Anyway, thank you again. I learned something about details and close reading from your criticism. I know how easy it is to make a character, say, lift and wash the filth off a full-grown man. It’s all very easy and clean when you’re sitting in front of your keyboard.

    About the ending: I hated it. She seemed to be trying to make one of those mysterious and thrilling leaps that Alice Munro often takes towards the end of her beautiful stories. This is not easy to do, as shown here. I felt as though it trivialized everything that came before it. As if she had become more sensitive during her period of homelessness; you can almost see her making a fetish of it.

    That said, this story stayed with me for a few days. More the ambience of its loneliness than anything else. That felt authentic to me, and it was disconcerting.

  10. Jon says:

    “The first thing that real poverty destroys is your scruples, your dignity.”

    Eliana,

    There are millions of people in real poverty who prove this statement false.

  11. Ken says:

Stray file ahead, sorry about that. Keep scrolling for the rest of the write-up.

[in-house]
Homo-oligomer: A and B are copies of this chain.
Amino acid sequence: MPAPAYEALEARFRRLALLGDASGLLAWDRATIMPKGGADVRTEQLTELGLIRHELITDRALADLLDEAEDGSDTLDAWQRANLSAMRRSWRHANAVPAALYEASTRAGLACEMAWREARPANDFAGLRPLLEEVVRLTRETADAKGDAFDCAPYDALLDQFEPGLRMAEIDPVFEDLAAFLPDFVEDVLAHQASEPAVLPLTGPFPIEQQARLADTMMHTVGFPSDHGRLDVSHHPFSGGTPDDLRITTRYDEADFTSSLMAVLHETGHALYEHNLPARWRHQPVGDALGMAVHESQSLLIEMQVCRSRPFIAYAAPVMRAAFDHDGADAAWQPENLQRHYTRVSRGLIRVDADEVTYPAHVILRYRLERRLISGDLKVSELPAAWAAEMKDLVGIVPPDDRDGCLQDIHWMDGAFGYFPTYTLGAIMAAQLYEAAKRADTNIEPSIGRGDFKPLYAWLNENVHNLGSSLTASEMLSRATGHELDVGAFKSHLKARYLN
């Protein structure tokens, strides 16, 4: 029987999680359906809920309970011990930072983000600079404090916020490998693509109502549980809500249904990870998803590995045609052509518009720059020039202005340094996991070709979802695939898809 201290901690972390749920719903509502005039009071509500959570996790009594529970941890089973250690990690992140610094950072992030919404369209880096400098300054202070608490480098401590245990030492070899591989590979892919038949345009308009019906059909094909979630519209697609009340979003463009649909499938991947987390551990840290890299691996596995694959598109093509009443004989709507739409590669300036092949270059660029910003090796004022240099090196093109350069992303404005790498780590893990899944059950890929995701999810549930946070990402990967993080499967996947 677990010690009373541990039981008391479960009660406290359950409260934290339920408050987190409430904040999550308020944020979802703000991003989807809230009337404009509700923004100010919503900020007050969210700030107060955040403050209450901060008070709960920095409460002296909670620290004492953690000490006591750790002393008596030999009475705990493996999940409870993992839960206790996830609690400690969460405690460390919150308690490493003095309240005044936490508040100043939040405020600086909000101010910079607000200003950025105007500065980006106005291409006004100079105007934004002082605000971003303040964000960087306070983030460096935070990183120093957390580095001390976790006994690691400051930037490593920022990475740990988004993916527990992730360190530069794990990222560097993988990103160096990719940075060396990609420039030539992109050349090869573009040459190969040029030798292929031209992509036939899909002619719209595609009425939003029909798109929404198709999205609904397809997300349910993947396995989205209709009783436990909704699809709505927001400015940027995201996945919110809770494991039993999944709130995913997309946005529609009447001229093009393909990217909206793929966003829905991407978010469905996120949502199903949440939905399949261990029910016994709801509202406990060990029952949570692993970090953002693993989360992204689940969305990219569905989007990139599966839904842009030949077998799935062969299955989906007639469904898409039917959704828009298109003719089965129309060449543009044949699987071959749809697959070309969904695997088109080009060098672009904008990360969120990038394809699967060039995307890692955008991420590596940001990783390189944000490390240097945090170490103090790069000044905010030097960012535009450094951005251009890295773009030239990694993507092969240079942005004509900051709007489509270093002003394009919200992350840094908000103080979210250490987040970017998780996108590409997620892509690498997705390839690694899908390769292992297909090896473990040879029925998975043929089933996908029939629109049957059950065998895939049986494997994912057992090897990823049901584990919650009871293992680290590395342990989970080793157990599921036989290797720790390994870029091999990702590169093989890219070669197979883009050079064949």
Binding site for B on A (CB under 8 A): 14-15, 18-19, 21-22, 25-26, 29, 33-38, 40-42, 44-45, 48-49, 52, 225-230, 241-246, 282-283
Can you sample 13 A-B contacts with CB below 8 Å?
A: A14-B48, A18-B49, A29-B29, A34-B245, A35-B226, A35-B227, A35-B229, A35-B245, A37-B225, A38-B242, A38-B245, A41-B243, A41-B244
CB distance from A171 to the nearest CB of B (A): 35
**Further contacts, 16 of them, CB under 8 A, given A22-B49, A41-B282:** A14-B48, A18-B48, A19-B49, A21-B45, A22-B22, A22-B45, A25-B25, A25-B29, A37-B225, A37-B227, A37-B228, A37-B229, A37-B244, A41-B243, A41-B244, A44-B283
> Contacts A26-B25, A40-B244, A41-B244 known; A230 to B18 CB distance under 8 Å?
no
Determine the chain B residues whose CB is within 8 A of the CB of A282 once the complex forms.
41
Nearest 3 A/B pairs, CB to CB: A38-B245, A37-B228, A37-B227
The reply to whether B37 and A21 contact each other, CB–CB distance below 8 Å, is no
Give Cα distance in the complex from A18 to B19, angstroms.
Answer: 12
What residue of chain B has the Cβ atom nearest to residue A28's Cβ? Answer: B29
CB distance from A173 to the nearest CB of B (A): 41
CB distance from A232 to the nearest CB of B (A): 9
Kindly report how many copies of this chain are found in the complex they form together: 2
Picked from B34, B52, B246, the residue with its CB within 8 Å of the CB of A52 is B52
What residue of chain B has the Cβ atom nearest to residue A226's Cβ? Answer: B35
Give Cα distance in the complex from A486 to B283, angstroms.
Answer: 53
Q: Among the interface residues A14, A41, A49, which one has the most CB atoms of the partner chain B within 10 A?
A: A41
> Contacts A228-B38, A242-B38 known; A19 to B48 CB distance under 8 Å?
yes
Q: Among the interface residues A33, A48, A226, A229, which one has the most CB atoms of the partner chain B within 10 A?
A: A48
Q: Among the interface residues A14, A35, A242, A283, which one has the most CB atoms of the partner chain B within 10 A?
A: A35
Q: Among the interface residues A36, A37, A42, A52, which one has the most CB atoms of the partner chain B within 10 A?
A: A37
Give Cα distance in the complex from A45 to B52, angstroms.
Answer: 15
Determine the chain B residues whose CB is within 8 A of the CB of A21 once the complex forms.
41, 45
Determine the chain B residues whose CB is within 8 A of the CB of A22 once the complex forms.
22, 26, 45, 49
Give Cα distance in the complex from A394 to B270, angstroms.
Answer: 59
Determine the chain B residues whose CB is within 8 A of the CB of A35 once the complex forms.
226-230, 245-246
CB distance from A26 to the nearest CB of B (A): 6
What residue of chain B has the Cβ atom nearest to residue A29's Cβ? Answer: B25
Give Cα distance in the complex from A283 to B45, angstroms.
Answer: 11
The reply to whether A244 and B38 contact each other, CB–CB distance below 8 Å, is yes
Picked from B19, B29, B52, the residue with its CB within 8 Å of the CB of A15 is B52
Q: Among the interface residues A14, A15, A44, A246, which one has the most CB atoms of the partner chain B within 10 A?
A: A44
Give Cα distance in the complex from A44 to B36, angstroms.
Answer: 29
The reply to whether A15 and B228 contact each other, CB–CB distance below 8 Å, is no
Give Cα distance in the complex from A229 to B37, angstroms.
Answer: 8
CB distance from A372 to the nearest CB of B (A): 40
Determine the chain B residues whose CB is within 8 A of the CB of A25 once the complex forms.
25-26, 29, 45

Again, I come late. I had major problems with this. It did compel me to read the whole thing and certainly had colorful episodes. But, unlike Jon, I felt the lack of interiority and mostly exterior description of what she saw made it rather shallow and uninvolving. I felt I didn’t know who the character was and yet Jon makes a great case for this method. I agree with Betsy about much that was implausible. I also disliked the ending for some of the reasons stated above. I also had problems with much of the metaphorical stuff such as “the glass mountain of debt” or the cop’s “penis of death, penis of light.” Also the name dropping of Derrida (the automatic signifier (dare I use that word) of smartness) and how it’s mixed in with a condescending tone towards Floridian and the use of the signifier/signified concept strike me as showing off. I never liked the tone of this, to be honest, and kept feeling cranky. Nevertheless, it’s full of memorable incidents and definitely readable.

  12. Trevor says:

    Interesting, Ken, I felt that the references to Derrida were very tongue-in-cheek, as if Groff feels much the same way you do and is showing how little this is actually helping the girl in the story.

  13. Betsy says: